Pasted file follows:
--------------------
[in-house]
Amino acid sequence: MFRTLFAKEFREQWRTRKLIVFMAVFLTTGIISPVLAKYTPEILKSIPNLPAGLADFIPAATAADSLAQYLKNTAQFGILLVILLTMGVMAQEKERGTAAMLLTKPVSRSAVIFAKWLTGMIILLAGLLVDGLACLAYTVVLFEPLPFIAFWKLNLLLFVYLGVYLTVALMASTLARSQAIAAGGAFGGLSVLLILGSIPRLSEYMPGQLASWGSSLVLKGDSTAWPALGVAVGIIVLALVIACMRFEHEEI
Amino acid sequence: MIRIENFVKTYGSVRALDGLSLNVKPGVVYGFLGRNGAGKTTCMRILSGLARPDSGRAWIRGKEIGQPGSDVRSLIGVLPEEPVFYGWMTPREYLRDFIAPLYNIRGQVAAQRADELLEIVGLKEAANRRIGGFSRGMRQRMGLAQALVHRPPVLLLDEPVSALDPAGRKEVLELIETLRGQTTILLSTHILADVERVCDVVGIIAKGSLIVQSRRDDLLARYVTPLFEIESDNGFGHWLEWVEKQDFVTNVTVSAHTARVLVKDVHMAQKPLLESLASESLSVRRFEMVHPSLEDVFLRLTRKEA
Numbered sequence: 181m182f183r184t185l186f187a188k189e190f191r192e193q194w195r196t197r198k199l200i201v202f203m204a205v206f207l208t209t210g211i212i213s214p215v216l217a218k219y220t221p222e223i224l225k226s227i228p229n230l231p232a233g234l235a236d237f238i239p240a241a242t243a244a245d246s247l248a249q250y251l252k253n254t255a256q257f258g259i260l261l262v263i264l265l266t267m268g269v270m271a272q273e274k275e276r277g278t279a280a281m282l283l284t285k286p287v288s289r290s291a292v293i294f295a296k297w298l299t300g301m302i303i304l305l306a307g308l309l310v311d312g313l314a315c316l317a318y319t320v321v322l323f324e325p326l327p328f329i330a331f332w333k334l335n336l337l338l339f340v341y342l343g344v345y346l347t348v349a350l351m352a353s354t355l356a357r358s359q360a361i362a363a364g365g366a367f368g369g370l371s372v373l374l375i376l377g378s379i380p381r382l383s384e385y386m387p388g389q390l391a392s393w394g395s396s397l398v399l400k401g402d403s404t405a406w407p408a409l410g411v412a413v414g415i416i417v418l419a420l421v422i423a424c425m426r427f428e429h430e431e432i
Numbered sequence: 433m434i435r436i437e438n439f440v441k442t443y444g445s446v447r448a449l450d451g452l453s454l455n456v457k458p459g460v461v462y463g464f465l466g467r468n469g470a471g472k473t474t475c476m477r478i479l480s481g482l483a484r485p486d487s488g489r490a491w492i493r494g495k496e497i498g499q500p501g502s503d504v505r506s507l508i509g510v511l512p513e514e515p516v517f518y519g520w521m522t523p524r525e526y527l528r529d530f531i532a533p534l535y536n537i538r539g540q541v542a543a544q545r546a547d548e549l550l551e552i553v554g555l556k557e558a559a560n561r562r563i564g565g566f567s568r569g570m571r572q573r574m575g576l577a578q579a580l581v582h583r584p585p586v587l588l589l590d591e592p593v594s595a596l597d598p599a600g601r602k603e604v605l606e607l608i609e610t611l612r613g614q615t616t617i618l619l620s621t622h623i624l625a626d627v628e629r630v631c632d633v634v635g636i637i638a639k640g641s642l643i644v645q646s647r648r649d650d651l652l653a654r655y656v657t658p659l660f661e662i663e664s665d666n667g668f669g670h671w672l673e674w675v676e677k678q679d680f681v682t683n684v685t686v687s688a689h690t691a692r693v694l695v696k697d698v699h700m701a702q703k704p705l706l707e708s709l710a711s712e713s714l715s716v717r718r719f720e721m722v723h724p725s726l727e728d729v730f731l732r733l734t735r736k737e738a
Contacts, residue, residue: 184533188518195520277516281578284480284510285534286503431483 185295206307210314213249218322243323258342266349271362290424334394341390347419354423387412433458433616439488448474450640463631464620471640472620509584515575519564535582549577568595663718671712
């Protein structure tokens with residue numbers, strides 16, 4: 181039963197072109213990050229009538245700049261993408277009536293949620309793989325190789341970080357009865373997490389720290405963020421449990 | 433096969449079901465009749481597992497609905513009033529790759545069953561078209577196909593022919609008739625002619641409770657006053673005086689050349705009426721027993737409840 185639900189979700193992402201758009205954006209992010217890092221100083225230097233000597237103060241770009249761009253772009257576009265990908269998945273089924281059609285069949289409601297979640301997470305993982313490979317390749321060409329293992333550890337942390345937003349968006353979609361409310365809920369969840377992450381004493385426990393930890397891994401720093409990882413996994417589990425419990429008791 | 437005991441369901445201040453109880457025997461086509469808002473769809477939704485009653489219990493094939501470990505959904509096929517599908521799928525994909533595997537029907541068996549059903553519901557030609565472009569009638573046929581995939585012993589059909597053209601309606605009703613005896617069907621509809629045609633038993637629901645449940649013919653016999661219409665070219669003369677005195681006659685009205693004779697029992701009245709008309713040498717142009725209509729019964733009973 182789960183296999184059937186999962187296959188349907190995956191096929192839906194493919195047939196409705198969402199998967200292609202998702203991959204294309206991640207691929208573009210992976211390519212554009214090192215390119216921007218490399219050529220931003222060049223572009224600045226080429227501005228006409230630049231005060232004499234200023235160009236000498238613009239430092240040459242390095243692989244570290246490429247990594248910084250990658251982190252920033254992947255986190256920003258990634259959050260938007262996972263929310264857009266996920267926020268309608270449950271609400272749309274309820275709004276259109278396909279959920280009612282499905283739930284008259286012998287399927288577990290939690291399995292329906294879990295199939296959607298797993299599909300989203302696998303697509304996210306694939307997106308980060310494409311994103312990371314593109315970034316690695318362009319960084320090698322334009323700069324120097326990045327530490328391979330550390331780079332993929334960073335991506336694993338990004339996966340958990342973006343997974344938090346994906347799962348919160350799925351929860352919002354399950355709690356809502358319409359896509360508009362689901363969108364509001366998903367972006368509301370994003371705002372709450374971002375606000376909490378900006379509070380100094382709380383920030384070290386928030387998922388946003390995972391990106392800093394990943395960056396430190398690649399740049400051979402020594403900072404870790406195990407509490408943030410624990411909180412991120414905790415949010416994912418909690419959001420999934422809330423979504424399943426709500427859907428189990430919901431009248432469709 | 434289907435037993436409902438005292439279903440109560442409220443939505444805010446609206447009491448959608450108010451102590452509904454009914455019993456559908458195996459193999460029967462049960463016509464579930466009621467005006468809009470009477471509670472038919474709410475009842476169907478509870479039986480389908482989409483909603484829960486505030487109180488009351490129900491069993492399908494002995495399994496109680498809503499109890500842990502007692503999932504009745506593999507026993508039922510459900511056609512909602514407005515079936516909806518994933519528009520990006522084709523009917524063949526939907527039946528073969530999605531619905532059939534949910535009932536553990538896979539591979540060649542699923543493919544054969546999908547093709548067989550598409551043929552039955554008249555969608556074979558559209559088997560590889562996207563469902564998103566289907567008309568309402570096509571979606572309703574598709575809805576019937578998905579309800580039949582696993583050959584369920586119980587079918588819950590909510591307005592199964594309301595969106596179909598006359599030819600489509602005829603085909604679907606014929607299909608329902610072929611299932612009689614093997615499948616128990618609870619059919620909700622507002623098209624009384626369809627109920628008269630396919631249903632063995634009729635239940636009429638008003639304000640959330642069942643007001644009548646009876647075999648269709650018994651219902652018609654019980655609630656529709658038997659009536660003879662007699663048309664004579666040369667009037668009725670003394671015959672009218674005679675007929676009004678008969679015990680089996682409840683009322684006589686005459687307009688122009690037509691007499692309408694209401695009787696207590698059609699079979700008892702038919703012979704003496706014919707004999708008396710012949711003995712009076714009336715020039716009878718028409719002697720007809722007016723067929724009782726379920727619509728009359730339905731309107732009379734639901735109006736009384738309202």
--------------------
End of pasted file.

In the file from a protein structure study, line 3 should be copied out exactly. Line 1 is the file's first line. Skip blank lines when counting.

Amino acid sequence: MIRIENFVKTYGSVRALDGLSLNVKPGVVYGFLGRNGAGKTTCMRILSGLARPDSGRAWIRGKEIGQPGSDVRSLIGVLPEEPVFYGWMTPREYLRDFIAPLYNIRGQVAAQRADELLEIVGLKEAANRRIGGFSRGMRQRMGLAQALVHRPPVLLLDEPVSALDPAGRKEVLELIETLRGQTTILLSTHILADVERVCDVVGIIAKGSLIVQSRRDDLLARYVTPLFEIESDNGFGHWLEWVEKQDFVTNVTVSAHTARVLVKDVHMAQKPLLESLASESLSVRRFEMVHPSLEDVFLRLTRKEA